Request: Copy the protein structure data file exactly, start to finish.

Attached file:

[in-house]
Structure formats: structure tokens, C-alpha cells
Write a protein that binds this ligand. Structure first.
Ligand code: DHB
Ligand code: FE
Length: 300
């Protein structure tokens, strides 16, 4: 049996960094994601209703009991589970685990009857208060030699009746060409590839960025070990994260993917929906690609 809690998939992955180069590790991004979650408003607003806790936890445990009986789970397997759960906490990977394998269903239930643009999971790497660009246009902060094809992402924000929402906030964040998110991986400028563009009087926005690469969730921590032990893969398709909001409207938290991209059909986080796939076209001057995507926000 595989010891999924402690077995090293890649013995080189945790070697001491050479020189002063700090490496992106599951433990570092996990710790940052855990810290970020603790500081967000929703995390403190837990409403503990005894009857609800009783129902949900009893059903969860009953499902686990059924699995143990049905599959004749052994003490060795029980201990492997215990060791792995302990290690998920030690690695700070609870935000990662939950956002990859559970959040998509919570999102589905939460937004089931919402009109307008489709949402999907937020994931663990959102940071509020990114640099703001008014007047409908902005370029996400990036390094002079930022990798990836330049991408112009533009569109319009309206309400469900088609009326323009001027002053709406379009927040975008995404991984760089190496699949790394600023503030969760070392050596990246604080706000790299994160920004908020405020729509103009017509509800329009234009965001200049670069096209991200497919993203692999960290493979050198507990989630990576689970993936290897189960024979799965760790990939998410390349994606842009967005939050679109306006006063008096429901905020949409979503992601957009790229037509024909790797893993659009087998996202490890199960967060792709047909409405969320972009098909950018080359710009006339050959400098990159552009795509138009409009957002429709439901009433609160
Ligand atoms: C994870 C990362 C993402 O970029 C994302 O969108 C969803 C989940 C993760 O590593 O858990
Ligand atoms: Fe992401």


[in-house]
Structure formats: structure tokens, C-alpha cells
Write a protein that binds this ligand. Structure first.
Ligand code: DHB
Ligand code: FE
Length: 300
């Protein structure tokens, strides 16, 4: 049996960094994601209703009991589970685990009857208060030699009746060409590839960025070990994260993917929906690609 809690998939992955180069590790991004979650408003607003806790936890445990009986789970397997759960906490990977394998269903239930643009999971790497660009246009902060094809992402924000929402906030964040998110991986400028563009009087926005690469969730921590032990893969398709909001409207938290991209059909986080796939076209001057995507926000 595989010891999924402690077995090293890649013995080189945790070697001491050479020189002063700090490496992106599951433990570092996990710790940052855990810290970020603790500081967000929703995390403190837990409403503990005894009857609800009783129902949900009893059903969860009953499902686990059924699995143990049905599959004749052994003490060795029980201990492997215990060791792995302990290690998920030690690695700070609870935000990662939950956002990859559970959040998509919570999102589905939460937004089931919402009109307008489709949402999907937020994931663990959102940071509020990114640099703001008014007047409908902005370029996400990036390094002079930022990798990836330049991408112009533009569109319009309206309400469900088609009326323009001027002053709406379009927040975008995404991984760089190496699949790394600023503030969760070392050596990246604080706000790299994160920004908020405020729509103009017509509800329009234009965001200049670069096209991200497919993203692999960290493979050198507990989630990576689970993936290897189960024979799965760790990939998410390349994606842009967005939050679109306006006063008096429901905020949409979503992601957009790229037509024909790797893993659009087998996202490890199960967060792709047909409405969320972009098909950018080359710009006339050959400098990159552009795509138009409009957002429709439901009433609160
Ligand atoms: C994870 C990362 C993402 O970029 C994302 O969108 C969803 C989940 C993760 O590593 O858990
Ligand atoms: Fe992401």